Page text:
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January 2007 - Two new studies by researchers at the University of Rochester Medical Center and the University of Michigan published in the Journal of Clinical Oncology review the records of 764 women enrolled in the Awareness of Neutropenia in Chemotherapy (ANC) Study Group Registry.

The women received treatment for breast cancer between 2002 and 2005 at 115 randomly selected, private oncology practices. Researchers analyzed detailed information including patients' age, education, insurance coverage, zip code, height, weight, treatment plan and chemotherapy received compared to recommended protocols. They compared findings with US Census Bureau data for each geographic area.

Findings indicate that women with breast cancer who are obese, less educated or have lower household incomes may be more likely to receive reduced doses of chemotherapy thereby jeopardizing their survival. Researchers cite American Cancer Society projections that more than 200 000 women in the US will be diagnosed with breast cancer in 2007 and about 41 000 will die from the disease.

Researchers explain that under treatment is well-documented, with oncologists sometimes reluctant to deliver recommended doses of chemotherapy to obese women because of concern about possible adverse side-effects, despite indications that it is appropriate and safe. Other reports identify wide variations in oncology practice between different regions of the US. Previous studies by the ANC Study Group have shown that less than half of patients with breast cancer and non-Hodgkin's lymphoma received full doses of chemotherapy.

Researchers found that 21 per cent of those who were obese or severely obese received less than 85 per cent of the standard dose, compared to less than 10 per cent of those who were not overweight.

Gary Lyman, MD, MPH, principal investigator and director of the ANC Study Group said:

"Simply put, this evidence shows that doctors are likely to reduce the chemotherapy levels for these women, even though there is no solid medical basis to do it."

The study found that more than 32 per cent of women who did not finish high school had chemotherapy reduced, compared with 14 per cent of those with high school or college education. Researchers conclude that some doctors anticipate patients with less education will have difficulty tolerating chemotherapy and reduce the doses accordingly.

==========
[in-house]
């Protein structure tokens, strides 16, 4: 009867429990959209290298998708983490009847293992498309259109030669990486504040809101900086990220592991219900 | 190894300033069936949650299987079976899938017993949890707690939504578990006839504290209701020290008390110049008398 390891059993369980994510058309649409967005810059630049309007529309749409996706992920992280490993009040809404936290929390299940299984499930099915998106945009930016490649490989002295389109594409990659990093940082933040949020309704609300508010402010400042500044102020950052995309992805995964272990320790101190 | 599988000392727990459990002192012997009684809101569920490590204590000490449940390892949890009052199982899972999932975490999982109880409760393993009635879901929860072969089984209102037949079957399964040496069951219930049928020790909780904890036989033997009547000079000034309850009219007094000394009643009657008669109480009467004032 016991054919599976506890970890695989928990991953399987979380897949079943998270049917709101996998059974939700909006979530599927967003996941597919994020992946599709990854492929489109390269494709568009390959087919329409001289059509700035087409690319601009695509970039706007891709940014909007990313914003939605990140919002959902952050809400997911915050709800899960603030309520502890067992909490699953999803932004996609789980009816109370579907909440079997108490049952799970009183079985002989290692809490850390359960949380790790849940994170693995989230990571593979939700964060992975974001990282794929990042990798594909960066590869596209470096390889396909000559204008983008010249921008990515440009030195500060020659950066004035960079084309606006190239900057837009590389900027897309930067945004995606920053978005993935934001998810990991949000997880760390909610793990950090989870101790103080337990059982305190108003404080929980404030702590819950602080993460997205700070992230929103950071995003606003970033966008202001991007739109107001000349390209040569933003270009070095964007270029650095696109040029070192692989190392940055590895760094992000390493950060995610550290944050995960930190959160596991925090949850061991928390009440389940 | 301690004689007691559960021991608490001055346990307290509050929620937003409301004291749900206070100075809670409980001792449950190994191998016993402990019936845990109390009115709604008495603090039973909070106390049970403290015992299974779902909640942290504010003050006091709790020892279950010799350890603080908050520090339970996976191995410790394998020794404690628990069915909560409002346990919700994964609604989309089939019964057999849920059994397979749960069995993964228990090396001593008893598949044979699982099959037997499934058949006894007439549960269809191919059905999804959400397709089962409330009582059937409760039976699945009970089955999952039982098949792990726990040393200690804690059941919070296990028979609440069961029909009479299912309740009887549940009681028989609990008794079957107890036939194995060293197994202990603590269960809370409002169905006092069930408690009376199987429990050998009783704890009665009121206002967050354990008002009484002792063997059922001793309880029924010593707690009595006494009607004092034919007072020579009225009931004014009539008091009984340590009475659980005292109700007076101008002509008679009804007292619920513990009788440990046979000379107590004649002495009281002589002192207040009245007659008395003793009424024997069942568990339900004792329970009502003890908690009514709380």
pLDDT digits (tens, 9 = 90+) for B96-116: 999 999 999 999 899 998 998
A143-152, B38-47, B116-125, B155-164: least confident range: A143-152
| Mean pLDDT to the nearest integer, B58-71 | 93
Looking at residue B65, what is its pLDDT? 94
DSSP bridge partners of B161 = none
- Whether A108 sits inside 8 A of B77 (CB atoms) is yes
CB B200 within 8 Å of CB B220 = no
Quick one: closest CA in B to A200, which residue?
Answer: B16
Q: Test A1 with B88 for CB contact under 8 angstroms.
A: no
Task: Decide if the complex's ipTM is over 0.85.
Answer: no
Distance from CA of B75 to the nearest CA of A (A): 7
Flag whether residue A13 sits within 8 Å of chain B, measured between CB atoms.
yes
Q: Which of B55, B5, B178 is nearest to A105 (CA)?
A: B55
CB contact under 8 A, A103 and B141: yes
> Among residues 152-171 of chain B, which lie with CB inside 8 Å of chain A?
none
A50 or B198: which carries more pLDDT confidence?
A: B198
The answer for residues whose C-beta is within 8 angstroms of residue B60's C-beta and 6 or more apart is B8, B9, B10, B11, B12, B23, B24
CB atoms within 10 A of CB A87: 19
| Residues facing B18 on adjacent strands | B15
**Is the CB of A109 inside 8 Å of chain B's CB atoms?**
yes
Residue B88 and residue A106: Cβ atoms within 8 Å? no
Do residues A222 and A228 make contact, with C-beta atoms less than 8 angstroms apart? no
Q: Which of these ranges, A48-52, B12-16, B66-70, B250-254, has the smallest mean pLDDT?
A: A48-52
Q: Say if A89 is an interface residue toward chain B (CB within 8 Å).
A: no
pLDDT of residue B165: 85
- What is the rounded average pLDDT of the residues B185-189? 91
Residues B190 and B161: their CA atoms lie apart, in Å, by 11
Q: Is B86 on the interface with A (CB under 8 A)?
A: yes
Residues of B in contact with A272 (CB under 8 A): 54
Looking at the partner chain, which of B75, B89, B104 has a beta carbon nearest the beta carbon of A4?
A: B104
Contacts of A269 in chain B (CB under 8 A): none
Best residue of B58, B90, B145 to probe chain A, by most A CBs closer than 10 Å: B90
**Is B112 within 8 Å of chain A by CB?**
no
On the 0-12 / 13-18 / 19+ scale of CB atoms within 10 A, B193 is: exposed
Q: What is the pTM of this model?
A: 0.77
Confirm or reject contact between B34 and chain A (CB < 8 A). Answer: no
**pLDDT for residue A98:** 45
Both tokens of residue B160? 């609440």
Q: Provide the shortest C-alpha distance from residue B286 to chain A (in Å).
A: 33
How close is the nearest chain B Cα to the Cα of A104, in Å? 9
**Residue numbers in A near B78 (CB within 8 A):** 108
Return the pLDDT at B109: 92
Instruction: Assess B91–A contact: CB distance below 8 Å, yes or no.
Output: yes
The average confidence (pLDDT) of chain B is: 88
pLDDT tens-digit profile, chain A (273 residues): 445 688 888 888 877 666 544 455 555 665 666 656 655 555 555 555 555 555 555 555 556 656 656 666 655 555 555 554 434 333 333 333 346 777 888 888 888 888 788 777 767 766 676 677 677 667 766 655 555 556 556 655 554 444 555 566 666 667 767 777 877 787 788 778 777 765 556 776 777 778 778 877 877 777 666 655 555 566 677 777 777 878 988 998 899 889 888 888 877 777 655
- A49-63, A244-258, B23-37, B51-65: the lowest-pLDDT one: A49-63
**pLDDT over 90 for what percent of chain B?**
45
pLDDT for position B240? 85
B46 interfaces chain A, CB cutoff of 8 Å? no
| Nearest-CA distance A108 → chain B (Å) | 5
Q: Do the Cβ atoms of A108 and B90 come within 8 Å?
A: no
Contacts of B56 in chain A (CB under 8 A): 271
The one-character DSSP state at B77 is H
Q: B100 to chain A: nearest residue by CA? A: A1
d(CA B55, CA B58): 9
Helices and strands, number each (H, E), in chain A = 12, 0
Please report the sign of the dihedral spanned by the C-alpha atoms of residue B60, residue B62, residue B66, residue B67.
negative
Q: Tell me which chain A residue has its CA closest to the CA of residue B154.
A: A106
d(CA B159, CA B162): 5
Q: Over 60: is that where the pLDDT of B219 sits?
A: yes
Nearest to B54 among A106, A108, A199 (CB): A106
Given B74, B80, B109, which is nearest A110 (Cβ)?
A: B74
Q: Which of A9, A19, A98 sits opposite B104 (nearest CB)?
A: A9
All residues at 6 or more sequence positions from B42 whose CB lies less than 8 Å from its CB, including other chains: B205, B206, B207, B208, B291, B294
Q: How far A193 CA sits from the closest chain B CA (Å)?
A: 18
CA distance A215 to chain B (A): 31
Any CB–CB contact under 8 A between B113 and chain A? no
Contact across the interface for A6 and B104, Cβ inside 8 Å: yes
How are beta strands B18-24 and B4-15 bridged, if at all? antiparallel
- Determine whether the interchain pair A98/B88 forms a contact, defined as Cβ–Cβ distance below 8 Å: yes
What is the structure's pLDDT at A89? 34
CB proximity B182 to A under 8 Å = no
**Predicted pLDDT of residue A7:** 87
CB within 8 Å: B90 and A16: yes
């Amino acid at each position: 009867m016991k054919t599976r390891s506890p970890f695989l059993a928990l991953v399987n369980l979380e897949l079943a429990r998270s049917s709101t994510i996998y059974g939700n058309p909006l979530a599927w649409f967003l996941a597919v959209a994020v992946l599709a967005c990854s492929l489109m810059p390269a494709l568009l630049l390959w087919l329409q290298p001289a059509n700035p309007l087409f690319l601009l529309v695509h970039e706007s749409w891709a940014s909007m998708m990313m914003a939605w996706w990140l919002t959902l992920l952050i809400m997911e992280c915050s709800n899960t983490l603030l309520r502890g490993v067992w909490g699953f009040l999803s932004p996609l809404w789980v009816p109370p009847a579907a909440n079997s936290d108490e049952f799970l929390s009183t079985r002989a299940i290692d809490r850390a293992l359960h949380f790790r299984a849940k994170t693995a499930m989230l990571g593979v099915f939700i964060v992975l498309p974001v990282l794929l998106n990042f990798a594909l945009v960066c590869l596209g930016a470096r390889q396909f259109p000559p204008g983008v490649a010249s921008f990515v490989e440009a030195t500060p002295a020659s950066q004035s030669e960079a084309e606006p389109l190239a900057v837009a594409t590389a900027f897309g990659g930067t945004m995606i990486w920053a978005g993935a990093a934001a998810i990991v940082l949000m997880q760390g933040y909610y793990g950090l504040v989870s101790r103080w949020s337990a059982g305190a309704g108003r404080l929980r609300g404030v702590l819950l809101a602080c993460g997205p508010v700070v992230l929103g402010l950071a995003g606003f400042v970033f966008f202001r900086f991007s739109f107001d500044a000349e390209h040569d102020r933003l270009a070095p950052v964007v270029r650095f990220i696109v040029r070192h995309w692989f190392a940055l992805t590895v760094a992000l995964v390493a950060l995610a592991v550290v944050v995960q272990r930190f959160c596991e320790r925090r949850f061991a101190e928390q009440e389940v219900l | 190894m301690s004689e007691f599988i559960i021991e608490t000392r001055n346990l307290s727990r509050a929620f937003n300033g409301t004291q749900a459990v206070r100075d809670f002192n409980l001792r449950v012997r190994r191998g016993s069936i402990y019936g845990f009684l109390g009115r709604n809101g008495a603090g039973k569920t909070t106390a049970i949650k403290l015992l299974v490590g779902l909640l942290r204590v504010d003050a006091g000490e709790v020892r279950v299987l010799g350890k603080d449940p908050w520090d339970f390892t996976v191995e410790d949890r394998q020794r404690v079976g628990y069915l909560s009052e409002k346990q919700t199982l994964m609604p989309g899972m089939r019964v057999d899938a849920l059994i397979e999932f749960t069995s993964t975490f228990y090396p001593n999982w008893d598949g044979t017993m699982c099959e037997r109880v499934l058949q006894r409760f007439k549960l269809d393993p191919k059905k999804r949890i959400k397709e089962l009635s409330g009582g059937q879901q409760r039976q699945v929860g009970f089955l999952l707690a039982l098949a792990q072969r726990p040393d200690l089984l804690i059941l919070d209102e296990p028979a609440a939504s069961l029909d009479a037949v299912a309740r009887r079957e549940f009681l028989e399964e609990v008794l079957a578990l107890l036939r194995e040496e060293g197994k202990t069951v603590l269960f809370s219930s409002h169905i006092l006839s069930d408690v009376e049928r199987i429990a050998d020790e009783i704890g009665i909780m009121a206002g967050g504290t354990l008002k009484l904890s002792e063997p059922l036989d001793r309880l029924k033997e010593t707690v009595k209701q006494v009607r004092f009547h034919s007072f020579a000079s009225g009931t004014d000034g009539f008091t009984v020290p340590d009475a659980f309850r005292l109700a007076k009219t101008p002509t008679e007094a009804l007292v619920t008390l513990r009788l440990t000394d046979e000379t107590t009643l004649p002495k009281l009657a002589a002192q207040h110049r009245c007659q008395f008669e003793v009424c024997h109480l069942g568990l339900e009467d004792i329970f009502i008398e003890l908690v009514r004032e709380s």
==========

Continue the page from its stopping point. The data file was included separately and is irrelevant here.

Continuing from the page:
Researchers also found that chemotherapy dosage was more likely to be reduced for patients who lived in areas with higher levels of poverty and similarly suggest that doctors may be incorrectly anticipating the attitude of such patients towards treatment.

Jennifer Griggs, MD, MPH, lead author and associate professor of internal medicine at the University of Michigan Medical School said:

"We speculate that physicians have concerns about a patient's ability to tolerate the side effects of chemotherapy and that the physician's uncertainty about a patient's tolerance increases with increasing social distance. One might just as well ask why we are willing to give full doses to someone with more education. It may be that negotiating side effects and continued doses of treatment is easier when there is more shared culture."

The study recommends that women starting treatment for breast cancer should advocate for full doses by stressing their commitment to treatment.

Jennifer Griggs suggested:

"A patient might say to her physician that she is fully committed to her treatment, and in particular, to full doses of chemotherapy. I do not think it is the responsibility of the patient to ensure that she receives full weight-based doses, but physicians may be more comfortable dosing a patient fully when they are assured the patient is committed to her treatment."

Gary Lyman added:

"This whole issue of dose intensity is a major indicator of quality in cancer care and it must be addressed. We have new therapies and cures out there for many forms of cancer and sadly, sometimes we're not curing people because they are not getting the full doses that should be standard."

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